I do tend to get side-tracked (as you know), and Peter’s book was written mostly from his point-of-view. But he just published a new, updated, expanded edition. There are lots of anecdotes from other successful commercial writers, and I’m just so impressed with what he’s accomplished with this edition.

And his book came at just the right time. Right after I made my decision to get serious with my business, I got an email from him alerting me to his newest book. Serendipitous!

I’m also impressed with Peter’s willingness to answer questions. I’ve had several replies from him, though I’m careful not to overdo asking him stuff. Being personable has won me over as a fan. I’d buy and promote almost anything he writes since he takes the time to respond to inquiries.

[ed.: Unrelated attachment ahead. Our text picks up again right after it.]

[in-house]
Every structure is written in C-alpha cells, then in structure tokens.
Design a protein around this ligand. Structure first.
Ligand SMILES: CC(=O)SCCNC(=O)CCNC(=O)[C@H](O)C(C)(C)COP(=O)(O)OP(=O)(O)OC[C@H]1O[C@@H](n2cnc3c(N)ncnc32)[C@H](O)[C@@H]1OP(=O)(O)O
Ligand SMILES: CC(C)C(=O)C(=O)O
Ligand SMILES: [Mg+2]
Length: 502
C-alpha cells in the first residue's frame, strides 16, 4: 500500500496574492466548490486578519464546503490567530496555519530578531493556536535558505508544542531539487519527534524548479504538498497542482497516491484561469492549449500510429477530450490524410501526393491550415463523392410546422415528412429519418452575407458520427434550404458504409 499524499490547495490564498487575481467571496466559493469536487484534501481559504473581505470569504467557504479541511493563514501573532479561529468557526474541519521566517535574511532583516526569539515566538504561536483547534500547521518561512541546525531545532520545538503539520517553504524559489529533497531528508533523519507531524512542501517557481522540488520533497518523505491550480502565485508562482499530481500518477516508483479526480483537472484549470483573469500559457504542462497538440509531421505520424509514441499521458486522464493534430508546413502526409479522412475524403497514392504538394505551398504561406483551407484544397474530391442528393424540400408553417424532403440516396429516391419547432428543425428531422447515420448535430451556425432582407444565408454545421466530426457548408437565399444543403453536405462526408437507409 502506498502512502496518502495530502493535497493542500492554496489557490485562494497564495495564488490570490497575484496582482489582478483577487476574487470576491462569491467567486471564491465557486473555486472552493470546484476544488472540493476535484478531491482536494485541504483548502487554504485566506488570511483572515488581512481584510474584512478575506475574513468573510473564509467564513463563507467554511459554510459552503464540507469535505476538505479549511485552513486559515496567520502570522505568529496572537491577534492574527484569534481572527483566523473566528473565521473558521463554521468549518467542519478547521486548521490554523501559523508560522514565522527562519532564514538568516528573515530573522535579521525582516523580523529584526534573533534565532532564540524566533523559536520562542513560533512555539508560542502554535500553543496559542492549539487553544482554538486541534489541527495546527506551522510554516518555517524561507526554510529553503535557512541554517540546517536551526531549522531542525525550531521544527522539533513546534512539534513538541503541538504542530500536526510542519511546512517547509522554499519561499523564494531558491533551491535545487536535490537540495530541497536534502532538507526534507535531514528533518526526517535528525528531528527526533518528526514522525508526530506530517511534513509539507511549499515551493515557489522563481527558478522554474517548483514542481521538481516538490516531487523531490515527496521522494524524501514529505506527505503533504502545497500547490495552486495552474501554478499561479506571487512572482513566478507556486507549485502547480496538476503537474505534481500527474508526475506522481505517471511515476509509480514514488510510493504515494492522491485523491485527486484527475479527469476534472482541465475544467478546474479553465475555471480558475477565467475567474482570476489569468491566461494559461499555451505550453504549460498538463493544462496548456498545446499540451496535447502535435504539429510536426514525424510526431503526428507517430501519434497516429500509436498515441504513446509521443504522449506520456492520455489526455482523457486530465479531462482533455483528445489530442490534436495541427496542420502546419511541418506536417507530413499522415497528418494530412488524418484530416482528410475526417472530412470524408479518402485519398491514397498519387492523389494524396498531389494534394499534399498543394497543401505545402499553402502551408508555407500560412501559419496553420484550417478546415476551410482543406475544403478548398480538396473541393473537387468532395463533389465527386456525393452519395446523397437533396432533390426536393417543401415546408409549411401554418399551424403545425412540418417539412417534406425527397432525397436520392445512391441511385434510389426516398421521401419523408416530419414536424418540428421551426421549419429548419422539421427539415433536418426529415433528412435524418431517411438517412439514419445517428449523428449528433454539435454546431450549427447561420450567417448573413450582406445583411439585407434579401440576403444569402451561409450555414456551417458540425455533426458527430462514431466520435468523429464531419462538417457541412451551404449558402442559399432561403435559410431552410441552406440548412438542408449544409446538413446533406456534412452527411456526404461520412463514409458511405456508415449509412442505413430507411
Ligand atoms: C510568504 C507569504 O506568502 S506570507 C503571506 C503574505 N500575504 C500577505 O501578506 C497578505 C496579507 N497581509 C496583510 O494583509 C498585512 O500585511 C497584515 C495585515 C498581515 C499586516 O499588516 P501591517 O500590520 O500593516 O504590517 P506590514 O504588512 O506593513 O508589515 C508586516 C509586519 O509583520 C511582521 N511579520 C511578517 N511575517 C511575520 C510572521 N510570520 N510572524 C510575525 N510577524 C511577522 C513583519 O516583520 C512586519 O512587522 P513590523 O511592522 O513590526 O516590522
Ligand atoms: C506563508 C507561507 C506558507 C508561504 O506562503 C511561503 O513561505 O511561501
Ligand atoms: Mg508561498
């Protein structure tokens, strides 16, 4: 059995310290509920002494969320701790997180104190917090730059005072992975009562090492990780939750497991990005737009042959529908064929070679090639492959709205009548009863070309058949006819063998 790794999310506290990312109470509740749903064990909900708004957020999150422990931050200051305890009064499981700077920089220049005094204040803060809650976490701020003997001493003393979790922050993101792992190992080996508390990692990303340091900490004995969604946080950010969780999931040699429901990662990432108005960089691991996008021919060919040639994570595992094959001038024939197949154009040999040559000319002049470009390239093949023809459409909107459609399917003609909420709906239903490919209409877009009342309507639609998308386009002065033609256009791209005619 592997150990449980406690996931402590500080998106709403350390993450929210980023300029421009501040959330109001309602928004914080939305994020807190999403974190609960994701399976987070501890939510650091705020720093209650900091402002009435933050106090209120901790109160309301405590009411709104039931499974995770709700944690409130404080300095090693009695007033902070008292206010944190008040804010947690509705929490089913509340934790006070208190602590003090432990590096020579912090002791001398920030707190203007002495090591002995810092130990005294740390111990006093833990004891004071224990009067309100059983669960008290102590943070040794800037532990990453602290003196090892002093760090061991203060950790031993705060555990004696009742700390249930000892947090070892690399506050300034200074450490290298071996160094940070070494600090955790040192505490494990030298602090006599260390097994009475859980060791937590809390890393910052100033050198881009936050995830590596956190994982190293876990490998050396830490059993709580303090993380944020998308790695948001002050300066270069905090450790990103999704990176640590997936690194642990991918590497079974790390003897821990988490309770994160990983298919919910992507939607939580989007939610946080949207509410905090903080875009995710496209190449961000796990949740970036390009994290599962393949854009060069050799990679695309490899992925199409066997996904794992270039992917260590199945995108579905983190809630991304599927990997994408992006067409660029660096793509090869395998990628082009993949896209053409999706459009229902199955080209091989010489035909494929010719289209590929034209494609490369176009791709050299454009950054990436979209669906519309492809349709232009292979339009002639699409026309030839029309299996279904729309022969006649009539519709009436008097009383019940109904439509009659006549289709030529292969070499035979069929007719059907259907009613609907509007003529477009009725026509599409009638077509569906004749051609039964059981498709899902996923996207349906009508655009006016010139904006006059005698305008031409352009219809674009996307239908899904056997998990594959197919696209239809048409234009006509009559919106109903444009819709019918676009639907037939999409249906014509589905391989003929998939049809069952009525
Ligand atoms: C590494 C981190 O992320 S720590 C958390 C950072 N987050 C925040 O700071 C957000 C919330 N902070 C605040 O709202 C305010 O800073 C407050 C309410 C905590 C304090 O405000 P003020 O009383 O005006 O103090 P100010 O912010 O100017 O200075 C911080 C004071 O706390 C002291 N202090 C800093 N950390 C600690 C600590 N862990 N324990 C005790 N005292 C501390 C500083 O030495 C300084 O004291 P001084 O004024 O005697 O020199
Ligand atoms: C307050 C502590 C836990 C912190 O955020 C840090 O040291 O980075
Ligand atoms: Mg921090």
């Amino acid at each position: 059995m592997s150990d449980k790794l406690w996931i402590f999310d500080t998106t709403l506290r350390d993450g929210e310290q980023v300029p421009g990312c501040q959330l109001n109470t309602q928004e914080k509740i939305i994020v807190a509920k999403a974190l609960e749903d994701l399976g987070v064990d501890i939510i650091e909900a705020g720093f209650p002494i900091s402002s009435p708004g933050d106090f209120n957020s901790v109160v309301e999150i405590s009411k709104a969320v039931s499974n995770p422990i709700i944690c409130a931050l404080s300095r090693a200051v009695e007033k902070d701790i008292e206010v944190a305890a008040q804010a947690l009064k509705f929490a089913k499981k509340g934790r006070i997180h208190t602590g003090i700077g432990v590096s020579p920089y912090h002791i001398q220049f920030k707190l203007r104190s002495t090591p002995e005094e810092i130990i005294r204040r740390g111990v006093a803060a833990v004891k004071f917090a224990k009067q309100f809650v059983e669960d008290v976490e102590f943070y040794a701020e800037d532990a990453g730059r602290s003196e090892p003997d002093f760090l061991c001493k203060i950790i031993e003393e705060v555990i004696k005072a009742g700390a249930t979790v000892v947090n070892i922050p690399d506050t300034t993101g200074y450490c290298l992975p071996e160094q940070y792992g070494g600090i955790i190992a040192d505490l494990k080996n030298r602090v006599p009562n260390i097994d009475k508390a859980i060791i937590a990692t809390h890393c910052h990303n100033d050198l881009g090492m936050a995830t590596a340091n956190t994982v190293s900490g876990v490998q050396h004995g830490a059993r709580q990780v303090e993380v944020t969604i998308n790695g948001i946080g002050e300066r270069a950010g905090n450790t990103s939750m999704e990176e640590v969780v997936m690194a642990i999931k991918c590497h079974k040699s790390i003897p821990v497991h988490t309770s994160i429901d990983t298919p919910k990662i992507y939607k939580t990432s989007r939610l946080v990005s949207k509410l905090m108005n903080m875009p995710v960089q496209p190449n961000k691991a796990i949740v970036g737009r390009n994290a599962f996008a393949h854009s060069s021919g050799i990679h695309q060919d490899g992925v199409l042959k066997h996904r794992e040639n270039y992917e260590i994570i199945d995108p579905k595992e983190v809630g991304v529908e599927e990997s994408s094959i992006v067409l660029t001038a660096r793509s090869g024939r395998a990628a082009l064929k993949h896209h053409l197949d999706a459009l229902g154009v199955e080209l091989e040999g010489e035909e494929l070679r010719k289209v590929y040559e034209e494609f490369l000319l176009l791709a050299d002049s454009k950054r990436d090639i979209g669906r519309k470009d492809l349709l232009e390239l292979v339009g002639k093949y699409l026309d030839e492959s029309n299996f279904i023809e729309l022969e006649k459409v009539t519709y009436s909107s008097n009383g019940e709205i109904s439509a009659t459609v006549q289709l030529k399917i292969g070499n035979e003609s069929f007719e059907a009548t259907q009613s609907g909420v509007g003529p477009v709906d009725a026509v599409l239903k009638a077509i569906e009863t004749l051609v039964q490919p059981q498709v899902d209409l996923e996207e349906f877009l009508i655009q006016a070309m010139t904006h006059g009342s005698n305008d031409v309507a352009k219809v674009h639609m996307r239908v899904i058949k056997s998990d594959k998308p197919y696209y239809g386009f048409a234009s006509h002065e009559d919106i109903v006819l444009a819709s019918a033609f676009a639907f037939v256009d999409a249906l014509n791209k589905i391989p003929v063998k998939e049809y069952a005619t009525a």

Do you have dreams of becoming a successful commercial writer? Maybe we could start a writer’s group to motivate each other. Or if you already have a freelance writing business, maybe you need a good kick in the rear too.

Click on this link to check out the new edition of The Well-Fed Writer. You can buy it in ebook or hardcopy formats (or both), and there are a few other ebooks you should consider as well. I also got the Toolbox and Timeline, both of which are well-worth it.

When you buy it, let me know. I’d love to have others to discuss it with, and you can feel free to leave a mini-review in the comments.

What are you waiting for? Check out the 2009 The Well-Fed Writer and let me know if you’re as impressed with it as I am. His site also has a bunch of free things too, so if you’re even a little bit interested you should head over to The Well-Fed Writer.

Have you been bitten by the commercial writing bug?